Monday, October 19, 2020

UFOs and Politics

Tom DeLonge has been expressing his political views on Twitter. After writing a line like that about DeLonge, reporters and bloggers typically give readers an obligatory few sentences about how he is the unlikely front man of an organization consisting of former defense officials and contractors who purport to research UFOs. We'll skip the intro since you probably already know about TTSA if you're reading my blog in the first place, but we could add that very little in the way of compelling evidence has actually been produced by those former officials and contractors. After decades of spooky stories and promises of forthcoming UFO Disclosure, we continue to have little more than hearsay to show for it.

While plenty of the burden falls on the shoulders of self-described scientists who plundered around Skinwalker Ranch, it's not all their fault. It's been three years now since Kean and company broke the AATIP story in the Times, and there are a whole lot of relevant assertions made in that article that still haven't been verified. The Times, its writers, and TTSA bear responsibility for that.

As we have explored on this blog and elsewhere, the Disclosure movement is a chronic staple of the UFO genre. It has endured some 70 years of public hearings, Congressional panels, and forecasts of big things to come. Nonetheless, many UFO advocates continue to suggest a Congressional hearing will, this time, reveal the secrets that are surely withheld.

Deeply withheld secrets, we might add, that allegedly seem to be rather puzzlingly made available to men like Luis Elizondo. These men, secrets purportedly in hand, apparently decided to launch a corporation with a stock securities strategy for fundraising rather than seek counsel from attorneys with expertise in national security and whistleblower law. It might indeed be considered reasonable to tap some brakes on the validity and objectivity of their insider knowledge that rests so heavily on taking them at their word.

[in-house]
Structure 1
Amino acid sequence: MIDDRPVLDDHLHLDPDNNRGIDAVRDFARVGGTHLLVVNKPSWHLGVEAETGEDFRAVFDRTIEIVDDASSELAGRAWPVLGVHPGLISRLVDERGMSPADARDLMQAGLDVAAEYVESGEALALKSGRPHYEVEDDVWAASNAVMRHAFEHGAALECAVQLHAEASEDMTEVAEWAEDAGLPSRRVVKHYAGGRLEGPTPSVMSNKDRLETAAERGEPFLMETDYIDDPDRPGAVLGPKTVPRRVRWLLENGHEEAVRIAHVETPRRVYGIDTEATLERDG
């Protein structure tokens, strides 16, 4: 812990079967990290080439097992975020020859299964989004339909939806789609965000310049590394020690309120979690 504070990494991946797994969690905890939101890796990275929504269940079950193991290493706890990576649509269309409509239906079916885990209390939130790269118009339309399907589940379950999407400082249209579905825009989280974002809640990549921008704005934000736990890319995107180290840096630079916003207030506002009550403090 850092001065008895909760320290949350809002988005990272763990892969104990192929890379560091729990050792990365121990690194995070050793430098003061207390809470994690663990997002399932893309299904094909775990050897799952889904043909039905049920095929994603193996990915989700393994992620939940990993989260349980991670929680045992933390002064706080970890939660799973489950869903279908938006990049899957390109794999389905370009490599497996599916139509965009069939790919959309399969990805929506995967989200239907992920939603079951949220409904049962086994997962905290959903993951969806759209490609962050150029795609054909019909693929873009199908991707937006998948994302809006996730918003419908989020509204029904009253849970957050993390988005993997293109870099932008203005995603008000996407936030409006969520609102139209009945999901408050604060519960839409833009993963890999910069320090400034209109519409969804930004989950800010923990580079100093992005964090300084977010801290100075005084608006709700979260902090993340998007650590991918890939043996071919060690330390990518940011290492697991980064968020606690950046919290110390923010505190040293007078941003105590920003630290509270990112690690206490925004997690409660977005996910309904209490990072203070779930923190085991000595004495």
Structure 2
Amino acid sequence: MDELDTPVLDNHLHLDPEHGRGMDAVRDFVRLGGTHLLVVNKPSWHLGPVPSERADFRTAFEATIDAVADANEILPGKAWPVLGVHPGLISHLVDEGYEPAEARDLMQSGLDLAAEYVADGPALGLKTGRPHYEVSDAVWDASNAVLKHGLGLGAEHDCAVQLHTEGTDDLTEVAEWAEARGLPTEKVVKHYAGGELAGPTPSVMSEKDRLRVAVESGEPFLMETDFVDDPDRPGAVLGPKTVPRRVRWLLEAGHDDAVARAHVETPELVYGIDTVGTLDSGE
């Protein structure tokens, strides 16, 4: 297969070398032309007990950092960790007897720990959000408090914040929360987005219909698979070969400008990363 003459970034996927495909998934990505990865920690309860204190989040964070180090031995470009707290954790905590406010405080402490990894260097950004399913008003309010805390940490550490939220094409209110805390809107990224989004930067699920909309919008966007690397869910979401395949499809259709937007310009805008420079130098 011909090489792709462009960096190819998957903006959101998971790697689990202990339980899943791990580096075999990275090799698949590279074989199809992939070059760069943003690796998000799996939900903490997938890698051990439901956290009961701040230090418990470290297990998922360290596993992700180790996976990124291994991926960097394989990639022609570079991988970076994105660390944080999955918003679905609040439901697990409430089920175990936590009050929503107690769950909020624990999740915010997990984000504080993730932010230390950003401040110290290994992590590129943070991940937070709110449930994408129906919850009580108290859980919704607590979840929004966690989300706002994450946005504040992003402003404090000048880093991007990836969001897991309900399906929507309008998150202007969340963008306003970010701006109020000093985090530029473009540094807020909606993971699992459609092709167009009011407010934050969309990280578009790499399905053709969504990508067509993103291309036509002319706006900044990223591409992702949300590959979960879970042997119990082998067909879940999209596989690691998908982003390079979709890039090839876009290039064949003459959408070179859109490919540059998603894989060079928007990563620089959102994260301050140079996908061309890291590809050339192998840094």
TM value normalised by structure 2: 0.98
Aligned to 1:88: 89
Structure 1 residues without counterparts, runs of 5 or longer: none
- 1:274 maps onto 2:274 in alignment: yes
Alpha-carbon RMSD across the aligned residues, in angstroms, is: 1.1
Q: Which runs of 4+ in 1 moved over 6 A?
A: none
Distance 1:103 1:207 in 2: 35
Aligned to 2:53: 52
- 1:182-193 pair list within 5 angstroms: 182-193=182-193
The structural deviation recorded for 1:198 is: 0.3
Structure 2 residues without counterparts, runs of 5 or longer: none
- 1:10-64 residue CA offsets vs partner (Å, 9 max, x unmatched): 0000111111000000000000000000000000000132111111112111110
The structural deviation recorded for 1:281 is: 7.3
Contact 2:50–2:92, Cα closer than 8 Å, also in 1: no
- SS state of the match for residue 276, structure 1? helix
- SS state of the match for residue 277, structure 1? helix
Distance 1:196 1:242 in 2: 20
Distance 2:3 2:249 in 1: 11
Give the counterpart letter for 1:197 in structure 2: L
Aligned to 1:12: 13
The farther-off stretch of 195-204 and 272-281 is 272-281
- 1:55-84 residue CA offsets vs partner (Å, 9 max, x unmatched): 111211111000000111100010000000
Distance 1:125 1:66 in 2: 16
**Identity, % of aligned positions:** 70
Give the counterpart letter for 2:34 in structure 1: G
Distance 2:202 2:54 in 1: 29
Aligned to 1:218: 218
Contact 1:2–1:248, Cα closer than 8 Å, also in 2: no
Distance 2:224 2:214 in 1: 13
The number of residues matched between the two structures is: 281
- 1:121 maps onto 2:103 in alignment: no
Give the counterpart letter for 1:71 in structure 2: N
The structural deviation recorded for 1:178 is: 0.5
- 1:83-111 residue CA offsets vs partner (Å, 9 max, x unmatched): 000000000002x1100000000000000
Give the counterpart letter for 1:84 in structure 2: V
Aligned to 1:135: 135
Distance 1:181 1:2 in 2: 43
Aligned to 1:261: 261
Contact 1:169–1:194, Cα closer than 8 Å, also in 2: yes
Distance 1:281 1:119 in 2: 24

As DeLonge weighs in on the upcoming election, we could consider a prevailing point that towers above the support and criticism he receives: The UFO topic is married to the political arena. 

In order to realistically discuss possible Congressional hearings and initiatives (like the Rubio-backed effort to obtain a DoD appraisal of the UAP situation), we must consider political allegiances and related dynamics. Moreover, while some high profile characters state they support a nonpartisan approach and that politics should stay out of the UFO fray, their actions suggest somewhat otherwise.

As suggested in the above tweet, TTSA personnel and its friends of the program are fond of guest spots on the right wing, highly dubious FOX News. The "highly dubious" description I opted to use is not just my personal observation, but is in line with court filings by FOX itself. Attorneys argued on behalf of FOX that reasonable viewers do not take Carlson seriously and understand his segments to be hyperbole, as suggested in the screenshot below.

The seemingly ever present Nick Pope is also among those who frequent Carlson's show and discuss issues which many would argue he is not the least bit qualified to address, much less explain. The political leanings of Pope, who generally supports TTSA or most anything that keeps people talking about UFOs, may be explored at his Twitter account

UFO enthusiasts and TTSA fans, whether they like it or not, are somewhat forced to accept that Congressional support for the UAP topic is enmeshed with political issues. Acknowledging the political factor in the UFO arena is a sensitive undertaking for the talking heads because it lays bare the topic's often overlooked social complexity. It is often overlooked, both mistakenly and as an insincere matter of convenience, in lieu of promoting an overly simplistic and unrealistic model. UFO buffs might also consider why their preferred spokespeople, if they sincerely want to keep the topic as apolitical and nonpartisan as possible, congregate to talk about it on the defacto state media channel.